But even though our digital designs do not produce a tangible end-product, we realized that sustainability can be every bit as important to us as it is to someone who builds a better widget. Despite the promise of a paperless office, we produce hundreds of pounds of documentation, design specifications, and usability reports.
Aside from contributing to deforestation, there is also the opportunity cost of designing products that we don't feel are useful. Some designers are already using their skills to work for the good of humanity. Design for Democracy gave a presentation on the design work they are doing to prevent another butterfly-ballot. Another speaker discussed the importance of visually representing the human genome.
Braungart's challenge to consider usefulness made us realize that it is our job to look for opportunities that allow us to do more than design a more enjoyable Web shopping environment. Our design work can have a positive influence on the actual environment if we make an effort.
Once the conference was over, we asked ourselves if it was worth it. Sure, Vancouver is lovely and the food is great, but did we actually learn anything? Do the visual designers have anything to teach us?
Absolutely. Whether we are interaction designers or graphic designers, we are all designers. Nobody is really just one or the other. In order to create products that are both attractive and usable, we all have to be a little of both. Combining beauty, usability, usefulness, sustainability, and emotion into one body of work is the real benefit that we can bring to our users and our clients.
We learned a lot from the AIGA, and we would encourage others to do the same. One place to start is the AIGA Experience Design community which serves the interests of interaction designers. The next AIGA National Design Conference is in Boston, September 15-17, 2005. We'll see you there.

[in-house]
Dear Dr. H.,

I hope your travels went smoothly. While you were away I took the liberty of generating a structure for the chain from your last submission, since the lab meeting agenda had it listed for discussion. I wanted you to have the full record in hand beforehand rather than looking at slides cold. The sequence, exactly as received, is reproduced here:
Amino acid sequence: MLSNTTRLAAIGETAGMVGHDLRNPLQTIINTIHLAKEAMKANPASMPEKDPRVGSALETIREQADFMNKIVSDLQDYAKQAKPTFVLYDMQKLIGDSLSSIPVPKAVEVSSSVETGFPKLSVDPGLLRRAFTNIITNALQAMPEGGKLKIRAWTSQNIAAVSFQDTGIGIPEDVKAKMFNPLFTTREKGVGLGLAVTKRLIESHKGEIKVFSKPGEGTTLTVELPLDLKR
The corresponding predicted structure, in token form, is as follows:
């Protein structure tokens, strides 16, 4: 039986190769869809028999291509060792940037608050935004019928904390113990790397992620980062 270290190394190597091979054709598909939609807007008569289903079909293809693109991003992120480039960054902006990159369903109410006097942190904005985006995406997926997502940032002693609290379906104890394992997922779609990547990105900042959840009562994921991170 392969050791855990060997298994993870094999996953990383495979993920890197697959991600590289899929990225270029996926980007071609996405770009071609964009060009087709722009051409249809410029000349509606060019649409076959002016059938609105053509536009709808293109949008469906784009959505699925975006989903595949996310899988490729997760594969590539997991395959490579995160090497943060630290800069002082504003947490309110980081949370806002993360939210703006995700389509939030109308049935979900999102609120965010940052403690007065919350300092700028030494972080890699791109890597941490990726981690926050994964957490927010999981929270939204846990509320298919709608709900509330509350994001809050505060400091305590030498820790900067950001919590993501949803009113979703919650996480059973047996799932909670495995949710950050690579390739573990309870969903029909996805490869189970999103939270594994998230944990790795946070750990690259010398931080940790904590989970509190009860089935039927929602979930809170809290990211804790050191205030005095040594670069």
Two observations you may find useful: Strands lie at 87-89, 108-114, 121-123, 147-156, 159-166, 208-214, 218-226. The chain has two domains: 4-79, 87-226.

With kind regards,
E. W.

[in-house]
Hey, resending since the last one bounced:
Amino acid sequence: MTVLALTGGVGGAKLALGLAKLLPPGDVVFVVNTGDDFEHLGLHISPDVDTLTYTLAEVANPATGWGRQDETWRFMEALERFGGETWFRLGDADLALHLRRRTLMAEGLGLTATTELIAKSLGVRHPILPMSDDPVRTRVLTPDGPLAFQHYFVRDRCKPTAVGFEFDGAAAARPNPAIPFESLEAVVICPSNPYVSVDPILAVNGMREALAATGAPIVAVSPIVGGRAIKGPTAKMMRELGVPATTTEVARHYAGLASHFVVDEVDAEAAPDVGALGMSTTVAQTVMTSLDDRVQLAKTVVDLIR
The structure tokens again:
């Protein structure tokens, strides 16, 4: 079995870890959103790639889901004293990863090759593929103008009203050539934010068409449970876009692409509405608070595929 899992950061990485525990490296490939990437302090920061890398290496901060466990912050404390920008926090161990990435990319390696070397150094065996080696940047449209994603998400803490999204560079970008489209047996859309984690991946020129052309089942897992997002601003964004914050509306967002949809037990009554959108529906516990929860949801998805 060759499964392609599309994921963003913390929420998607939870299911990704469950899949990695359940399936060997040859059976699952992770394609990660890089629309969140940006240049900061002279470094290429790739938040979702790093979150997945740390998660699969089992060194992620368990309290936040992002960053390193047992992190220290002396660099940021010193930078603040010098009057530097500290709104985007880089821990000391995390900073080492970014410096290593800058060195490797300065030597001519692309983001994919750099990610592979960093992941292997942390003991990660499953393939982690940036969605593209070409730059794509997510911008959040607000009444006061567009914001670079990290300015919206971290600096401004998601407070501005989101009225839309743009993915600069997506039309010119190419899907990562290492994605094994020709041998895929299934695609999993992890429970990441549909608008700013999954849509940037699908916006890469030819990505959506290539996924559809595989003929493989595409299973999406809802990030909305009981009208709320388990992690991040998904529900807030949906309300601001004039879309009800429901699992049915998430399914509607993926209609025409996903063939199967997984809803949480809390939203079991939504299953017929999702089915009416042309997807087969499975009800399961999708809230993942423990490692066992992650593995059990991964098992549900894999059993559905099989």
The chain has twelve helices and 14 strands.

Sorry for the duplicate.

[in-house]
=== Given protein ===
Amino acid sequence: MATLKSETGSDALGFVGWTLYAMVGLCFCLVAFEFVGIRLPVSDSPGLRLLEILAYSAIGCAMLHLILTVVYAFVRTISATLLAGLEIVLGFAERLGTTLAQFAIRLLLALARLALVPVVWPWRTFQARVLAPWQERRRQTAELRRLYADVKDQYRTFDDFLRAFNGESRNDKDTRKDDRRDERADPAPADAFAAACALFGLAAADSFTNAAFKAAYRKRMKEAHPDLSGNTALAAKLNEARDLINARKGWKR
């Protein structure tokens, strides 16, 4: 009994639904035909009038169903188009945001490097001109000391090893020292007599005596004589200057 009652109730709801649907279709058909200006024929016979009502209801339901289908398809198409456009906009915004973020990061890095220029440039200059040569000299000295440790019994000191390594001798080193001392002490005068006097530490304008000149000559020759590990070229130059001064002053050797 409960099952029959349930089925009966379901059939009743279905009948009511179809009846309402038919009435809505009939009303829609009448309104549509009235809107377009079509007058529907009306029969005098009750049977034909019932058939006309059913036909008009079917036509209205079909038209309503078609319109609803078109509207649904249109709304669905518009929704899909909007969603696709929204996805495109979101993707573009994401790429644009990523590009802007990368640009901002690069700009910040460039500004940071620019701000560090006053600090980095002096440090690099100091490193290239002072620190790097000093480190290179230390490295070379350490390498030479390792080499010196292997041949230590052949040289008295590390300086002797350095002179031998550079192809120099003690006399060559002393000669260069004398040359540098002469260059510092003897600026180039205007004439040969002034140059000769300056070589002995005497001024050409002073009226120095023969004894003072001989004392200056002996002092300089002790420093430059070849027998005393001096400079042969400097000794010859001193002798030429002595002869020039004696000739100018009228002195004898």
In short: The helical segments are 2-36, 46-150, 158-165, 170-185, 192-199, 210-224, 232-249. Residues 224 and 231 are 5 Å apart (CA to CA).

Julie Stanford (firstname.lastname@example.org), Ellen Tauber (email@example.com), and Laura Klein (firstname.lastname@example.org) are from Sliced Bread Design, LLC, a usability and interaction design agency located in Silicon Valley. Established to help people effectively use and enjoy interactive products, Sliced Bread Design provides interface design and user research services to help organizations create compelling online, desktop, voice, and wireless software. Its work appears in a variety of products, ranging from personal finance software to web applications for Fortune 500 companies to interfaces for mobile phones. Additional information is available at www.SlicedBreadDesign.com.
The AIGA is a professional association for communication design that focuses on furthering the excellence of communication design as a discipline, strategic business tool, and cultural force. Founded in 1914 as a small, exclusive club, AIGA now represents more than 16,000 designers. Its national activities and local programs are developed by 48 chapters and more than 150 student groups. The disciplines represented in the profession range from book and type design through the traditional communication design disciplines to the newer disciplines of interaction design, experience design, and motion graphics.
The AIGA National Design conference is a biennial conference that brings together the membership of the AIGA. The 2003 conference took place in Vancouver, Canada on October 23-25 and was themed "The Power of Design." The conference explored the roles that designers play as agents of social change in a complex world and as leading architects of sustainable solutions for a troubled planet.